Having long since colonized Afghanistan's nearest, next-nearest, and next-next-nearest Central Asian neighbors, the Soviet Empire seized Kabul in 1978.

While he Afghans drove them out without any help from American troops, the aid we belatedly rendered was alas preceded by the Saudi dispatch of a cohort of gung ho Islamists like OBL.

The cold war had little to do with the jihad the Soviets unwisely asked for, and got.

angech said...

There are a lot of ways to improve conditions for people in the alternative third world.
The Afghani's no doubt see a lot of ways that the barbarous and backwards overly religious American way of life could be improved as well.
Perhaps they could invade us and show us the right way to behave.
They could stop the mistreatment of women forced to work in the "entertainment industry".
Eliminate homelessness and violence and poverty in the ghettos.
And get rid of the electoral college system.

I think the American invasion was primarily a save face exercise after 9/11. Done with more grace than the Chinese Russian or French would have done.
But they did not go in to improve women's rights, to stop the opium trade or introduce a new better way of living for the Afghan's.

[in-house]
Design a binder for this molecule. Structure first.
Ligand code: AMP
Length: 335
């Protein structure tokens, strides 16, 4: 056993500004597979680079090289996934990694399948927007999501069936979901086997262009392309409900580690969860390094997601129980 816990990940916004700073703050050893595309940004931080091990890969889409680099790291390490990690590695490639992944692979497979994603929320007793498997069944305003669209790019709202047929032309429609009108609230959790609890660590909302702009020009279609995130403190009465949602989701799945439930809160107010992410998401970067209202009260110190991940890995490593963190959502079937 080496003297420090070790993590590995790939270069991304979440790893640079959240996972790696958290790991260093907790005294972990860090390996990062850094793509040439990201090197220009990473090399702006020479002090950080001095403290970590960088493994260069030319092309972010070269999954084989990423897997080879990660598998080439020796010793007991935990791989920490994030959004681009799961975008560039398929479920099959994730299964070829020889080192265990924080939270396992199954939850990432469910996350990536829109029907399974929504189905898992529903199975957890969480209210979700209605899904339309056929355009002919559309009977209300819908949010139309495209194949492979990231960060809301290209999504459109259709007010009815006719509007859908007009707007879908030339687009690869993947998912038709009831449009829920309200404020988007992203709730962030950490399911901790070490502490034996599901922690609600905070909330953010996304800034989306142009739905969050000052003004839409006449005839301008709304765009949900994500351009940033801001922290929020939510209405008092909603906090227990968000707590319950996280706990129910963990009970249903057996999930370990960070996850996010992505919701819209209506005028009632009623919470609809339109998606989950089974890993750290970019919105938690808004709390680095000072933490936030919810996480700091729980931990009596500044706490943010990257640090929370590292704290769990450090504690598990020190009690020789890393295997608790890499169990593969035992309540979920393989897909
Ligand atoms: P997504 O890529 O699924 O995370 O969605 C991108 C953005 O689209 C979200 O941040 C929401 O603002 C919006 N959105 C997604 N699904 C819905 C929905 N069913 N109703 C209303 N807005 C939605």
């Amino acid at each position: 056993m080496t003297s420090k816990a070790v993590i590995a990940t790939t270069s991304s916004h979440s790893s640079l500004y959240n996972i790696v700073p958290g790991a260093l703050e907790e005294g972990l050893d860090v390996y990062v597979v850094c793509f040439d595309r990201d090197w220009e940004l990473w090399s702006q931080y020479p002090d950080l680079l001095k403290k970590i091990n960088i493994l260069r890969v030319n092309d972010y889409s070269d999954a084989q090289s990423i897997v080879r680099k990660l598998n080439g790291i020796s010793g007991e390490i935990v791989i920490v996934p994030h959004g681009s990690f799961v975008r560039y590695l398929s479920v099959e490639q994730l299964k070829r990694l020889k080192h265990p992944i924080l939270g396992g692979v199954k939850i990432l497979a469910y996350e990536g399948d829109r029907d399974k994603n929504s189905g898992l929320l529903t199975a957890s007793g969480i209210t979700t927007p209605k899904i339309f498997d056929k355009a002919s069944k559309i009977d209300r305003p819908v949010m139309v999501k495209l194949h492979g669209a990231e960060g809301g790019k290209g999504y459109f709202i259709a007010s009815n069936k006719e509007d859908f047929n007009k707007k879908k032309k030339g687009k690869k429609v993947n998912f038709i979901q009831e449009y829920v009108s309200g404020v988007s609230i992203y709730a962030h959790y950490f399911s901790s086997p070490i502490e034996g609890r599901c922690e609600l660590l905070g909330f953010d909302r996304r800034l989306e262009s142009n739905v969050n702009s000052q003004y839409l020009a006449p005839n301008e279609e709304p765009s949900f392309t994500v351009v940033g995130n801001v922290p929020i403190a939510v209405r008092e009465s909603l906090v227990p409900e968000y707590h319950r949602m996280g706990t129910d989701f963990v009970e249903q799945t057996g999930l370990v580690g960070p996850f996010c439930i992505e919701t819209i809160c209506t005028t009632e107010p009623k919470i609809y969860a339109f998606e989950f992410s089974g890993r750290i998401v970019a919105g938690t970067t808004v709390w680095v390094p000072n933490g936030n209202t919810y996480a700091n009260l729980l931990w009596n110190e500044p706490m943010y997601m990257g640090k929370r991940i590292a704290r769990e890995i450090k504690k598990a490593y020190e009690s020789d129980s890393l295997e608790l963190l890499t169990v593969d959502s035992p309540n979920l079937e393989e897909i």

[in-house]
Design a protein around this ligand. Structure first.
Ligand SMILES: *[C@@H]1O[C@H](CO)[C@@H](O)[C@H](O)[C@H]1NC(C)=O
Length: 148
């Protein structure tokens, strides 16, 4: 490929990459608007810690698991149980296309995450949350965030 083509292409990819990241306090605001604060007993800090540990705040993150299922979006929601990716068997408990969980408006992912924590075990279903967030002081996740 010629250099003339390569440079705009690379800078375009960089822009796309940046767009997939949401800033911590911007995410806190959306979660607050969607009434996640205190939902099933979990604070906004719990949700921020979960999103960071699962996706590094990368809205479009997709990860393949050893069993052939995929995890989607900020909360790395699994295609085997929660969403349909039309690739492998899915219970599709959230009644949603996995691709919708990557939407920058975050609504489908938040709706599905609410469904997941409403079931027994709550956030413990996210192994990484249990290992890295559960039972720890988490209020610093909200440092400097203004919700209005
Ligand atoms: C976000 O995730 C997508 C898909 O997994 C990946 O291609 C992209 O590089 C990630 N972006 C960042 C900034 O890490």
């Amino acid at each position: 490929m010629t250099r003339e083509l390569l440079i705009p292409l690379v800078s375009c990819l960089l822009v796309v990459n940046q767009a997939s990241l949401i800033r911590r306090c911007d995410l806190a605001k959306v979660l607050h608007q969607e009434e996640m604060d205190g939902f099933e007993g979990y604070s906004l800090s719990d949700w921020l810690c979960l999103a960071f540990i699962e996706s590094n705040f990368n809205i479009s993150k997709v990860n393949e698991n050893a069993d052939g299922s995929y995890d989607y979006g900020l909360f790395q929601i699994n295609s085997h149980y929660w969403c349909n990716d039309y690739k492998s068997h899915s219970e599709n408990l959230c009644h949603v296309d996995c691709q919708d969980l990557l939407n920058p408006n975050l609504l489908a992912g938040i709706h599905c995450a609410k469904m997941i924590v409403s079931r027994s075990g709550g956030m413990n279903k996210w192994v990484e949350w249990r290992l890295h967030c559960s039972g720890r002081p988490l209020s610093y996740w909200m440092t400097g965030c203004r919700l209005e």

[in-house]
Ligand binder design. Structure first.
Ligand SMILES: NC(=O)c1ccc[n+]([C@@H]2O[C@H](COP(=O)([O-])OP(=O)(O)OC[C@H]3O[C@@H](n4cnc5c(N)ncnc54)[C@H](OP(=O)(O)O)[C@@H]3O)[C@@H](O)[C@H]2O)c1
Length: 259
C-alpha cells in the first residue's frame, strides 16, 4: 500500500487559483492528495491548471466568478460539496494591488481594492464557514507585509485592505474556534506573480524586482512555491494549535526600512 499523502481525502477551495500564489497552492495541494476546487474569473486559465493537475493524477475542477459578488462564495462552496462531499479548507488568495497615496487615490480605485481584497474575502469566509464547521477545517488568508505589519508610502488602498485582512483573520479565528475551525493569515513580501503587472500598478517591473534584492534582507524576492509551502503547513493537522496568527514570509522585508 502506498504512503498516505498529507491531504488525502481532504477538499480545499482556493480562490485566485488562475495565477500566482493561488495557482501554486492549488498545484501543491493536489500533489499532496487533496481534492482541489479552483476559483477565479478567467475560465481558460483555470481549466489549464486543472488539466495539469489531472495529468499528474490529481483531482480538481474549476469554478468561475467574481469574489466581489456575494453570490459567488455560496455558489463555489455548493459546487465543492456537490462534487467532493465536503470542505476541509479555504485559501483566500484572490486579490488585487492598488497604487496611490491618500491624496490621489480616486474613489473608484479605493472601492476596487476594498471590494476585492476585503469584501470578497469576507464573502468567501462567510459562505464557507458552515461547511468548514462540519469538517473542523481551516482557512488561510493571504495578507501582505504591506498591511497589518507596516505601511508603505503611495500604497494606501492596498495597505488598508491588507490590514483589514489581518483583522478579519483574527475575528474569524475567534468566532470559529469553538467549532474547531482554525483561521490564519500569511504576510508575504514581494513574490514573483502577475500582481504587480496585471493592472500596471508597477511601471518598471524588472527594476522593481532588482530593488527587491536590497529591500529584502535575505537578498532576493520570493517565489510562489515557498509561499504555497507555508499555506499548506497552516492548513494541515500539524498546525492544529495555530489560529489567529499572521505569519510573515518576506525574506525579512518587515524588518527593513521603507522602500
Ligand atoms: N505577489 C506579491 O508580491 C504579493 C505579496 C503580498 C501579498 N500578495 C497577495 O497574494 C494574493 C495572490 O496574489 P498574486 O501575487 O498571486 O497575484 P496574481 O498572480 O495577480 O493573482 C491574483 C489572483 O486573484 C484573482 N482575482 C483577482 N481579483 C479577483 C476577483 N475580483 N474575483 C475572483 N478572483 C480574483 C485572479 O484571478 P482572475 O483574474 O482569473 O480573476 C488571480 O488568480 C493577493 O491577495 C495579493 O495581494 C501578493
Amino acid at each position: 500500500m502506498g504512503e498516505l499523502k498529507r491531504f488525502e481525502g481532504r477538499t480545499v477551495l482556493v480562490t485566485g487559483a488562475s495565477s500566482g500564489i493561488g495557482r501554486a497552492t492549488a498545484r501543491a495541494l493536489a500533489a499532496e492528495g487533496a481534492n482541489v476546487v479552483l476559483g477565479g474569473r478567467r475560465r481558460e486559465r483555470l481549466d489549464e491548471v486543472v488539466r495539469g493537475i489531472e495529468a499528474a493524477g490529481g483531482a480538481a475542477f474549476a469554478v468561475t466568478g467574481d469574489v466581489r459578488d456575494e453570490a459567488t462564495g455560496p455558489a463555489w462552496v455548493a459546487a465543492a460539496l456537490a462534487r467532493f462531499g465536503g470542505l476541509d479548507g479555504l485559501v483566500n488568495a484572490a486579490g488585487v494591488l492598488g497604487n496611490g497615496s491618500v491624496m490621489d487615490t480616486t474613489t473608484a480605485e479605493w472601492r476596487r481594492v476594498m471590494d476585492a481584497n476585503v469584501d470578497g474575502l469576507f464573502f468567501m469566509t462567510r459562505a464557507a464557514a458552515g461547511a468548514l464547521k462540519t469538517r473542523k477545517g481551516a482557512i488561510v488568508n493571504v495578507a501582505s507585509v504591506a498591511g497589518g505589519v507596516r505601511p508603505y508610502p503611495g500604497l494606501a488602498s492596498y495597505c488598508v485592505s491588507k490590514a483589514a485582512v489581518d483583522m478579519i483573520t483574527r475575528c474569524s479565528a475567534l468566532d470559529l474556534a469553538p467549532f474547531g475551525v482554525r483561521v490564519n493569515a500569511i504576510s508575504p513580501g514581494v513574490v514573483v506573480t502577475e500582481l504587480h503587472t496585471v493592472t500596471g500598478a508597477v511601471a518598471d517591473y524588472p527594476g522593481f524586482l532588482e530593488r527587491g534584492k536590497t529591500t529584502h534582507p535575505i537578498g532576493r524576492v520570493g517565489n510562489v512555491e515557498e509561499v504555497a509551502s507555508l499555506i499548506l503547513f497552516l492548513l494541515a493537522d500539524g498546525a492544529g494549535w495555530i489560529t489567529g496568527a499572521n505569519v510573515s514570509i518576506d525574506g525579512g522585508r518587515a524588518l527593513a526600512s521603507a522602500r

Your support of the invasion is commendable as I would expect 99% of Americans to be proud of their country's actions.
I would hope my mild sarcasm throws the other light on the situation.

Thomas said...

Dear, Clmate Wars. s that how history is rewritten nowadays.

"According to the official version of history, CIA aid to the Mujahiddin began during 1980, that is to say, after the Soviet army invaded Afghanistan on December 24, 1979. But the reality, closely guarded until now, is completely otherwise: Indeed, it was July 3, 1979 that President Carter signed the first directive for secret aid to the opponents of the pro-Soviet regime in Kabul. And that very day, I wrote a note to the president in which I explained to him that in my opinion this aid was going to induce a Soviet military intervention"
- Zbigniew Brzezinski, Le Nouvel Observateur 1998.


No go, Thomas- that came six years after Daoud's Parcham-sponsored coup, and the rise of the (also Soviet sponsored) Khalq People's Party. The communists united in 1976, and a civil war erumpted between them shortly thereafter - the Wiki precis ofwhat followed is :

Parcham reunited with Khalq and following he Saur Revolution of 1978 many Parchamites were represented in the initial government. Very soon after the revolution, Parchamites were purged from the government by the Khalqist leadership of Nur Muhammad Taraki, and the regime eventually went into a reign of terror, jailing and executing many Parchamites. The Parcham faction seized power in the country after the toppling of Hafizullah Amin in December 1979 by the Soviet Union's Operation Storm-333 which supported them. The government under Parcham leader Babrak Karmal nevertheless still struggled to win popularity, and they were now low in numbers following the high number of killings commited by Khalq in 1978-1979.